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Afghan security succeeding but future depends on outside aid, report says

WASHINGTON — The Pentagon’s latest report to Congress on progress in the war in Afghanistan, issued Friday, said Afghan security forces have the upper hand over insurgents throughout most of the country, but said the future could be grim without continued support from abroad.

With the official end of the NATO mission there a little more than a year away, the release of the twice-yearly report comes at a time when the United States and Afghanistan are locked in tense negotiations to finalize an agreement governing a continued security relationship between the two countries.

At stake is the future mission of U.S. and NATO troops in the country, which, according the report, are crucial to help Afghan National Security Forces fill serious gaps in capability.

“After 2014, ANSF sustainability will be at high risk without continued aid from the international community and continued Coalition force assistance including institutional advising,” the report said. “With assistance, however, the ANSF will remain on a path towards an enduring ability to overmatch the Taliban.”

See report on page 2

From front page

Some of those gaps, the report said, are managerial, including shortfalls in planning, programming, budgeting and acquisitions. In the field, Afghan forces still need help with counter-IED operations, intelligence, artillery and medical operations.

Simply keeping the military up and running is a basic but difficult requirement that the Afghans haven’t mastered.

“The single most important challenge facing the ANSF, however, is in developing an effective logistics and sustainment system,” the report said. “A lack of trained maintenance technicians and spare parts, and a logistics system that struggles to resupply units in the field, adversely affects every branch of the ANSF.”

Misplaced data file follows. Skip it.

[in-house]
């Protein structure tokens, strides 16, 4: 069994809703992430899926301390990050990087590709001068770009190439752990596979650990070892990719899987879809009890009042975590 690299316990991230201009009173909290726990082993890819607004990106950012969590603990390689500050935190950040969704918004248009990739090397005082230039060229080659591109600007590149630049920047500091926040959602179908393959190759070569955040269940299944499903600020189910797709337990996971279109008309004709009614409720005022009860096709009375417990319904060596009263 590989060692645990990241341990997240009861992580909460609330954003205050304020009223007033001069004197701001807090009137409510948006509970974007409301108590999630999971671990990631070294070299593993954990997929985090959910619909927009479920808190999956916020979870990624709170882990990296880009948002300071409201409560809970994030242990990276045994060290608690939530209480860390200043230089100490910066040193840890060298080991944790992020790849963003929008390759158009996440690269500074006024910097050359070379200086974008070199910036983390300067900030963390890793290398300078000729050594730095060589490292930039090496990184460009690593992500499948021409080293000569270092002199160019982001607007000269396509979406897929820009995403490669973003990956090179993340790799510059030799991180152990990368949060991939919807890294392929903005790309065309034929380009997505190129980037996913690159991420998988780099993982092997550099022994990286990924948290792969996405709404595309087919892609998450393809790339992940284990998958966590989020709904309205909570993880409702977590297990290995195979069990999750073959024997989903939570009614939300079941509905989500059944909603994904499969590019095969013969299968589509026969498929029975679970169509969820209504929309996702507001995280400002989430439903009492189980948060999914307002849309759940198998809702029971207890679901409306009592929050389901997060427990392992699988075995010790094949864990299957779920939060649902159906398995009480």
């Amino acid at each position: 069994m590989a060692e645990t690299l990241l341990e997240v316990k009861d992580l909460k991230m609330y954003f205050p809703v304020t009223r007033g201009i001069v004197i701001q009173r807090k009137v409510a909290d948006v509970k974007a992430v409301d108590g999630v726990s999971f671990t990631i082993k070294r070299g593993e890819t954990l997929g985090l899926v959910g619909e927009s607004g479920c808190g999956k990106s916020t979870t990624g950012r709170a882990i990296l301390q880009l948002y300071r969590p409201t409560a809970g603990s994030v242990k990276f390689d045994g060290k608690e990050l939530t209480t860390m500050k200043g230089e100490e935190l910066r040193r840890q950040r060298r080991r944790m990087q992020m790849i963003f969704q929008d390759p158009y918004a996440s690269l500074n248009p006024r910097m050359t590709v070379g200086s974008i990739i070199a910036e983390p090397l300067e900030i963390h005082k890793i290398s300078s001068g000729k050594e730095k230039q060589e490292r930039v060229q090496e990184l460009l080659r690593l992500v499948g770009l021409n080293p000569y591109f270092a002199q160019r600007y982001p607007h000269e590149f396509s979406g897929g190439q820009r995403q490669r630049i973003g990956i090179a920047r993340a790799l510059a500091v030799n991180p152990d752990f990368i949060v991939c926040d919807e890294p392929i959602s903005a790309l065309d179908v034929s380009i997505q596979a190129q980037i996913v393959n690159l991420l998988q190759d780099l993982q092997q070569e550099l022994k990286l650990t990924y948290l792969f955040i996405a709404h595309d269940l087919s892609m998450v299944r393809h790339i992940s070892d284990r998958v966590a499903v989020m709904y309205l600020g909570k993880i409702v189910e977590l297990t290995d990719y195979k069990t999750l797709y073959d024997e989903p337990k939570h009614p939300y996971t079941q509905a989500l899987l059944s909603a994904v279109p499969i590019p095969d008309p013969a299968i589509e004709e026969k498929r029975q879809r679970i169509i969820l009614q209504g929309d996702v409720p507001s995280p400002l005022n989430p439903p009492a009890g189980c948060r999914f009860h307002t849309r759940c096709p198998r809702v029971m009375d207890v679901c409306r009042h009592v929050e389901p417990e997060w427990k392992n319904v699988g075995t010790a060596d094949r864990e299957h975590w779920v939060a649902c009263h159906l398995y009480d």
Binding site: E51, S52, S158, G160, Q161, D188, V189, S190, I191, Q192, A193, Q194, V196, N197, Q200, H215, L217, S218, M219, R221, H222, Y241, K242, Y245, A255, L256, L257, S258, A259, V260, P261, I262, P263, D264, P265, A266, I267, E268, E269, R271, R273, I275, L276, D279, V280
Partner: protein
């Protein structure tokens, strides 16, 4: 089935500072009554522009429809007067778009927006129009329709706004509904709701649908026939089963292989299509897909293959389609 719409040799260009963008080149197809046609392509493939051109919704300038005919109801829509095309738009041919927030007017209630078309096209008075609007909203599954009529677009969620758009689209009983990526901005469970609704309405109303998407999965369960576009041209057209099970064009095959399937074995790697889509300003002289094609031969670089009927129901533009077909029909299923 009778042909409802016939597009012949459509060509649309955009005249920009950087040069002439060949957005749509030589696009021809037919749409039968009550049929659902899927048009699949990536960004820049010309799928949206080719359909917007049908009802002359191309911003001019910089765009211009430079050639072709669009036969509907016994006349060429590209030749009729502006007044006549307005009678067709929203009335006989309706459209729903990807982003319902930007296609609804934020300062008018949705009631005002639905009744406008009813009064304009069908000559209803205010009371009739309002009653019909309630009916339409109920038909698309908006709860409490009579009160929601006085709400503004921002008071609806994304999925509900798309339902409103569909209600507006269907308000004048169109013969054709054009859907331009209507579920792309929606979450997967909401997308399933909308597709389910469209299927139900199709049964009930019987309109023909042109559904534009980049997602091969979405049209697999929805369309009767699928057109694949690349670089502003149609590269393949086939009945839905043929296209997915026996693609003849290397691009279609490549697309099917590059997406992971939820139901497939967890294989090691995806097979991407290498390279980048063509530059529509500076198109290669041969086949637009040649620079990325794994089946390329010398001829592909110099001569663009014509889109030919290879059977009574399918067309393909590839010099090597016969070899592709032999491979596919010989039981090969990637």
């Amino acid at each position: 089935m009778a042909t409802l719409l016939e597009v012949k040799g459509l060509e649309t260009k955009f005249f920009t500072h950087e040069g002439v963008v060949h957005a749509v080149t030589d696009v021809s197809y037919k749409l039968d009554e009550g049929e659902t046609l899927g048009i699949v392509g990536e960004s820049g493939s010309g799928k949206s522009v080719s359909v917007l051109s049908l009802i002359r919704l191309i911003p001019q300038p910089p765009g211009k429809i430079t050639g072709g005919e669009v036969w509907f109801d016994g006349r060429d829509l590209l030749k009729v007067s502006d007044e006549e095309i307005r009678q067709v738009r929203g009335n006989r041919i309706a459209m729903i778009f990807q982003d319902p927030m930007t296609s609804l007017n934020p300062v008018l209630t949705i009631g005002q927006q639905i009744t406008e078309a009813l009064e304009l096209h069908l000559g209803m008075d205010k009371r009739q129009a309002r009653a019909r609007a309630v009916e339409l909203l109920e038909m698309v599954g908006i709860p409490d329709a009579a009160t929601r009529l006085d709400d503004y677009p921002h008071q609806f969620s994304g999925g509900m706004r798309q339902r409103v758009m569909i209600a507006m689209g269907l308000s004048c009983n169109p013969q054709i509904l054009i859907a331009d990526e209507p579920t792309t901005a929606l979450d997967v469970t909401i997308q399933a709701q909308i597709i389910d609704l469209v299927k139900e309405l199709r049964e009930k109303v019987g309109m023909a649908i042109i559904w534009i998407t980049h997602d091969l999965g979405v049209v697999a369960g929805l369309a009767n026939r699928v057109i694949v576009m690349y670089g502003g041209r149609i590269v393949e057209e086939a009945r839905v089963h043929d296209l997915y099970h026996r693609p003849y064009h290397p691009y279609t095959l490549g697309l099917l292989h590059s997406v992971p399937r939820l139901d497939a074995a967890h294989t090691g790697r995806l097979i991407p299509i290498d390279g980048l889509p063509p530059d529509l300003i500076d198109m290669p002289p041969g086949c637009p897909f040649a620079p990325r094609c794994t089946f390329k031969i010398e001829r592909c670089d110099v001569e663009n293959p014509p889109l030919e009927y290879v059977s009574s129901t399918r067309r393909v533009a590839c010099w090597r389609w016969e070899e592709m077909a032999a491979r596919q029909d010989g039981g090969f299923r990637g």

Corruption, illiteracy and problems with retention continue to plague Afghan forces as well, DOD said.

Nevertheless, the ANSF has become far more operationally capable in recent years, the report argued. For the first time, Afghan forces took the lead in combat during the traditional fighting season throughout the country, leading 95 percent of conventional operations and 98 percent of special operations missions, the report said.

The number of unilateral operations by the Afghan National Army and the Afghan National Police rose significantly as the summer fighting season progressed, while the number of unilateral operations led by the International Security Assistance Force has fallen by nearly 40 percent, from 2,345 in April to 1,458 in September, DOD reported.

Meanwhile, the number of unilateral Afghan army operations more than doubled during the period, from 13,492 to 28,006. The number of independently run ANP operations rose from 16,391 to 20,496.

The ANSF controls major population centers, but the Taliban retains a grip on the countryside in some areas, particularly in the Pashtun-dominated south, where the report said the ISAF drawdown has been replaced by “accommodations” between insurgents and ANSF in some areas.

Nationwide, the number of Taliban-initiated attacks fell by 6 percent from the April-September period in 2012. IED attacks, meanwhile, fell by 22 percent, according to DOD statistics.

carroll.chris@stripes.com

Twitter: @ChrisCarroll_

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